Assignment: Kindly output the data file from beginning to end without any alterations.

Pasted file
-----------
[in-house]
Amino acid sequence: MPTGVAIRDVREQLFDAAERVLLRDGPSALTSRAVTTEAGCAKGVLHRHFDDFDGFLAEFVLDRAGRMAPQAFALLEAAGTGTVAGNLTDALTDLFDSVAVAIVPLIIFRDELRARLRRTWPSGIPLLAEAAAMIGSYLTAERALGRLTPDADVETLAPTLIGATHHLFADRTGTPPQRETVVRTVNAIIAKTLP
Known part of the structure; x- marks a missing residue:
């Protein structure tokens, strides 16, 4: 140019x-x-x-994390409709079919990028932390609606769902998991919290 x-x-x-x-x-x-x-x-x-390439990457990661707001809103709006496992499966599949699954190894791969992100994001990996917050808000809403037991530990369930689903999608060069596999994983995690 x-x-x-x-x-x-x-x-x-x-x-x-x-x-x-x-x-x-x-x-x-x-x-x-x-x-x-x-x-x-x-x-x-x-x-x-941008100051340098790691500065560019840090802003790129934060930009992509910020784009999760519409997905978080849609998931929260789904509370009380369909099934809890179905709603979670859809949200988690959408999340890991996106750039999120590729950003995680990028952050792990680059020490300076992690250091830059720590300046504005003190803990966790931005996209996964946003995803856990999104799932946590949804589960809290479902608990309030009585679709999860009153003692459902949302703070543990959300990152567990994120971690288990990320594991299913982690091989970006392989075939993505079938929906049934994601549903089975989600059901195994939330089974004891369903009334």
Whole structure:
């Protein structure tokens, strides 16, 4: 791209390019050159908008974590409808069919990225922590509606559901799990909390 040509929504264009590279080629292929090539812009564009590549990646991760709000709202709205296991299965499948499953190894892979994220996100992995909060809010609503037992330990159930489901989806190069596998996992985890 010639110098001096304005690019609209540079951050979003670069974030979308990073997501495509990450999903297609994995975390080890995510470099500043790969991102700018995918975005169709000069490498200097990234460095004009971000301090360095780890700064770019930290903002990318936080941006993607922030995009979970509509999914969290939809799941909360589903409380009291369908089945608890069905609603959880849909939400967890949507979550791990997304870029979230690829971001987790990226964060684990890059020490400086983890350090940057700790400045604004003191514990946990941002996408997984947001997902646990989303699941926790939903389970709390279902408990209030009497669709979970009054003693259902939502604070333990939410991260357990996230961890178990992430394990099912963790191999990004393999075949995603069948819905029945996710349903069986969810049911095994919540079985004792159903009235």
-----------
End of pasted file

[in-house]
Amino acid sequence: MPTGVAIRDVREQLFDAAERVLLRDGPSALTSRAVTTEAGCAKGVLHRHFDDFDGFLAEFVLDRAGRMAPQAFALLEAAGTGTVAGNLTDALTDLFDSVAVAIVPLIIFRDELRARLRRTWPSGIPLLAEAAAMIGSYLTAERALGRLTPDADVETLAPTLIGATHHLFADRTGTPPQRETVVRTVNAIIAKTLP
Known part of the structure; x- marks a missing residue:
């Protein structure tokens, strides 16, 4: 140019x-x-x-994390409709079919990028932390609606769902998991919290 x-x-x-x-x-x-x-x-x-390439990457990661707001809103709006496992499966599949699954190894791969992100994001990996917050808000809403037991530990369930689903999608060069596999994983995690 x-x-x-x-x-x-x-x-x-x-x-x-x-x-x-x-x-x-x-x-x-x-x-x-x-x-x-x-x-x-x-x-x-x-x-x-941008100051340098790691500065560019840090802003790129934060930009992509910020784009999760519409997905978080849609998931929260789904509370009380369909099934809890179905709603979670859809949200988690959408999340890991996106750039999120590729950003995680990028952050792990680059020490300076992690250091830059720590300046504005003190803990966790931005996209996964946003995803856990999104799932946590949804589960809290479902608990309030009585679709999860009153003692459902949302703070543990959300990152567990994120971690288990990320594991299913982690091989970006392989075939993505079938929906049934994601549903089975989600059901195994939330089974004891369903009334």
Whole structure:
């Protein structure tokens, strides 16, 4: 791209390019050159908008974590409808069919990225922590509606559901799990909390 040509929504264009590279080629292929090539812009564009590549990646991760709000709202709205296991299965499948499953190894892979994220996100992995909060809010609503037992330990159930489901989806190069596998996992985890 010639110098001096304005690019609209540079951050979003670069974030979308990073997501495509990450999903297609994995975390080890995510470099500043790969991102700018995918975005169709000069490498200097990234460095004009971000301090360095780890700064770019930290903002990318936080941006993607922030995009979970509509999914969290939809799941909360589903409380009291369908089945608890069905609603959880849909939400967890949507979550791990997304870029979230690829971001987790990226964060684990890059020490400086983890350090940057700790400045604004003191514990946990941002996408997984947001997902646990989303699941926790939903389970709390279902408990209030009497669709979970009054003693259902939502604070333990939410991260357990996230961890178990992430394990099912963790191999990004393999075949995603069948819905029945996710349903069986969810049911095994919540079985004792159903009235």